• “margin-left”: “auto”, “inherit”, “initial”, distance
        • “margin-right”: “auto”, “inherit”, “initial”, distance
        • “margin-top”: “auto”, “inherit”, “initial”, distance
        • “margin-bottom”: “auto”, “inherit”, “initial”, distance
        • “width”: “auto”, “inherit”, “initial”, distance
        • “height”: “auto”, “inherit”, “initial”, distance
        • “font-family”: “inherit”, “initial”, one of a long list of fonts that we allow. Many reasonable ones are included.
        • “font-size”: “medium”, “xx-small”, “xsmall”, “small”, “medium”, “large”, “x-large”, “xxlarge”, “smaller”, “larger”, “initial”, “inherit”, distance
        • “font-weight”: “normal”, “bold”, “bolder”, “lighter”, “initial”, “inherit”, distance
        • “color”: either a known color (e.g. “red”, “green”, “blue”, etc.) or a hexadecimal value (e.g. #00FFFF)
        • “background-color”: either a known color (e.g. “red”, “green”, “blue”, etc.) or a hexadecimal value (e.g. #00FFFF)
        • “list-style-type”: “lower-alpha”, “upper-alpha”, “lower-greek”, “lowerroman”, “upper-roman”, “square”, “disc”, “circle”
        • “text-align”: “justify”, “center”, “left”, “right”
        • “text-decoration”: “line-through”, “underline”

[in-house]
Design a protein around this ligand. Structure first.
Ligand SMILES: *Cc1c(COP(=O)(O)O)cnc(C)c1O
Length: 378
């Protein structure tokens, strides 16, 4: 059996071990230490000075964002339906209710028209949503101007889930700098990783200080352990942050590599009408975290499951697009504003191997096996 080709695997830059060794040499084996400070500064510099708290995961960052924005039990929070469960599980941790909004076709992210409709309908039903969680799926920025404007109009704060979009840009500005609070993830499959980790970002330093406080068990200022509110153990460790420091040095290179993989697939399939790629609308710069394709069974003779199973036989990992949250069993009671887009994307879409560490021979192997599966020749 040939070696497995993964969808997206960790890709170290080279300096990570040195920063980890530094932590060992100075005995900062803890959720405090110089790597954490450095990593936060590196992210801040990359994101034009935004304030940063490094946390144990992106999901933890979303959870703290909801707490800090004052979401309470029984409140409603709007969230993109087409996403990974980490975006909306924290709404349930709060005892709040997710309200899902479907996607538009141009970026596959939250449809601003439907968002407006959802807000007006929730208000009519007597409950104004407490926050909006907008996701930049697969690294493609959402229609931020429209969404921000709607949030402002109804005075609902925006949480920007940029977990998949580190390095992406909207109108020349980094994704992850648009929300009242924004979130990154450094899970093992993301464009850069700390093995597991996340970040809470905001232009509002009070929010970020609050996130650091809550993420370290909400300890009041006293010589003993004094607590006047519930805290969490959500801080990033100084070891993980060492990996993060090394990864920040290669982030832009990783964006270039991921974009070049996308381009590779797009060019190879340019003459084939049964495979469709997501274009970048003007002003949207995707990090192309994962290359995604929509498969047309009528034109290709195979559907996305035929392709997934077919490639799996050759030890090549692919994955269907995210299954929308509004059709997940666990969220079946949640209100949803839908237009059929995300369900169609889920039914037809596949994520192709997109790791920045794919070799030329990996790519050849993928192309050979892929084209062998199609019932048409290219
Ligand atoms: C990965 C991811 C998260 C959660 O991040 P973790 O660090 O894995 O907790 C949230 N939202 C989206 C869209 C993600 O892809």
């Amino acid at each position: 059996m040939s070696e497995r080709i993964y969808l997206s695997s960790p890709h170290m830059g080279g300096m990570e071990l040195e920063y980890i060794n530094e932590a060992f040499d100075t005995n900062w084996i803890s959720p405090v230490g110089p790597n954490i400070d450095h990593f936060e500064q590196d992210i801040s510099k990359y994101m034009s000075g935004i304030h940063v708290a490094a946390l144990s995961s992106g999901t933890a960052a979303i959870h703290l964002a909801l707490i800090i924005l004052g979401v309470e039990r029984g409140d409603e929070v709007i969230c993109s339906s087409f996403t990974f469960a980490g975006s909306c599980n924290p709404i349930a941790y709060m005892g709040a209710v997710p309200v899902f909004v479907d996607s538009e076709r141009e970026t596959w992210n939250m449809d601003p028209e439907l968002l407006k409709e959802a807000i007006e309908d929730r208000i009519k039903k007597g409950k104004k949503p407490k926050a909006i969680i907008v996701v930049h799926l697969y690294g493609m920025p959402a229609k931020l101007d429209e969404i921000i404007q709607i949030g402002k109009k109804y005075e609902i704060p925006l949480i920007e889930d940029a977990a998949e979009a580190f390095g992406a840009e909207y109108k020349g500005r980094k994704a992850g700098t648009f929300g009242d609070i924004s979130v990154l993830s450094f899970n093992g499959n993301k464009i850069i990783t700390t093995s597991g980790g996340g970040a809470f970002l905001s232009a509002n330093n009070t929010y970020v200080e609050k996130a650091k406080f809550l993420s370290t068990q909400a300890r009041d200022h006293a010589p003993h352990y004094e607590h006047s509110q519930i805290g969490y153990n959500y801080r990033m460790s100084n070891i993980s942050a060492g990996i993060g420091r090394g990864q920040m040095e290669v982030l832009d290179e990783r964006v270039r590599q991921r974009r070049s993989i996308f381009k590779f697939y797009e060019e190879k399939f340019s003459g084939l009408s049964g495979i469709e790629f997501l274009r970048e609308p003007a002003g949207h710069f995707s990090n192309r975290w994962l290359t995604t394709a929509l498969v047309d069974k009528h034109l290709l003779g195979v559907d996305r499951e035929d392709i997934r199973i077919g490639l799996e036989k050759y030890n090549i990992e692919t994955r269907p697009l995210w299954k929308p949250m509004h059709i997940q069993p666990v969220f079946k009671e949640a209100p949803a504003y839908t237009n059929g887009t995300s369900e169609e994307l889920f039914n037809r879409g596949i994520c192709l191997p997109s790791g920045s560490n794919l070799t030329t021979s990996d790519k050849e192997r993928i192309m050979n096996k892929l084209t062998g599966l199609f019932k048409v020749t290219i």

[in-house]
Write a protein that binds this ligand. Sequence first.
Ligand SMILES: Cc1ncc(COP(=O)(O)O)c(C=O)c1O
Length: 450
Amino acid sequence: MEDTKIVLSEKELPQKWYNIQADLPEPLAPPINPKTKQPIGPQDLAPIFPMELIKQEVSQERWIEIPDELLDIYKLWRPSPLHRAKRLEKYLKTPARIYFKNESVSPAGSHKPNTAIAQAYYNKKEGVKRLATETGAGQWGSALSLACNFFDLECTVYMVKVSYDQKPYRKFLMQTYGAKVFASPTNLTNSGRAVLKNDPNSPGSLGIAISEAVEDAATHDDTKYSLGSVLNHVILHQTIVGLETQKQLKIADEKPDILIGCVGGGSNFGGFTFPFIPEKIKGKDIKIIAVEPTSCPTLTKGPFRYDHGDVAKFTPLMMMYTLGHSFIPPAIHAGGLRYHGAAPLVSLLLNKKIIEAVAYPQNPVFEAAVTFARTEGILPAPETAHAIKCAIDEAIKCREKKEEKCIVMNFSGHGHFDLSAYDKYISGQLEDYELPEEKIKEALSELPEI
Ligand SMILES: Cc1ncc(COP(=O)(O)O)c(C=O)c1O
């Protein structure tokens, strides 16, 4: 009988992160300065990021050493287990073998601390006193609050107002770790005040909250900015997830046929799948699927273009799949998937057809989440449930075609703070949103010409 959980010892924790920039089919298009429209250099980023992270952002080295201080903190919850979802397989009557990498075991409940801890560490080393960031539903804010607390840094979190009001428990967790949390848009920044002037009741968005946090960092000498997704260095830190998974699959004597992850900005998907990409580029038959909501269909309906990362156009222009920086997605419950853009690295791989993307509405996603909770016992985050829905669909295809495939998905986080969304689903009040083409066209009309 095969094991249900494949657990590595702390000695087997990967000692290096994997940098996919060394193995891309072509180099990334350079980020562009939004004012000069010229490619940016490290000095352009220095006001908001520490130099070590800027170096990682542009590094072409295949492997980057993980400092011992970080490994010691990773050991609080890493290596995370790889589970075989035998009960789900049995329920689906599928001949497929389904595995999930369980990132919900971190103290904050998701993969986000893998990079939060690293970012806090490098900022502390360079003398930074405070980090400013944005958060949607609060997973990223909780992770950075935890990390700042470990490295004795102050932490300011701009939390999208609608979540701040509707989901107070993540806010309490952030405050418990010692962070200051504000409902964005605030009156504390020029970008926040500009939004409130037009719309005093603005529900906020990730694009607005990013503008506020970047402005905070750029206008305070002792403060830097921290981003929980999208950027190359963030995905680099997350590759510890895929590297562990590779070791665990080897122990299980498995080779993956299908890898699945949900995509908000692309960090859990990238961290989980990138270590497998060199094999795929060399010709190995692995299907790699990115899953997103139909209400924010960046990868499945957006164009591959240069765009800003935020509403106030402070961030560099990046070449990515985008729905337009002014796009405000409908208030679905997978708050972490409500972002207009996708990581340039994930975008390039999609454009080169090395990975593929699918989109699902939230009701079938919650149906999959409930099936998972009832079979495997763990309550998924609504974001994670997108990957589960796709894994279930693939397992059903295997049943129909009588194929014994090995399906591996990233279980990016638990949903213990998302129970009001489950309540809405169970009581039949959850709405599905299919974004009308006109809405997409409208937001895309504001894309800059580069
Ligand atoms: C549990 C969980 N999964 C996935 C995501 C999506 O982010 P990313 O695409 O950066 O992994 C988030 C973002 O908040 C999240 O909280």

3. Paragraph Text: Same as Single Line Text, but this free-form text field supports multiple lines of text.
  4. Check Box
  5. Integer: Whole numbers only; min and max can be specified.
  6. Decimal: Same as integer but allows decimal expressions. Min and max can be specified.
  7. Drop-Down List: List with entries specified by administrator. Restricts user to configurable set of responses.
  8. Multiple Choice
  9. Name
  10. Date
  11. Address
  12. Price: Similar to Decimal; limited to two decimal places and formatted as USD.
  13. Contact: Combination of: Name, Company, Address, Phone Number, and Email Address in one element.
  14. Email Address
  15. Page Break: Separates the form into multiple pages, each can be given a unique name by the administrator
  16. Rating Scale
  17. Project Table
  18. Document Generation: Generate documents based on project data to simplify communications and contracts.
  19. PV System:
    • A complex control to receive detailed PV system specifications and calculate projected annual performance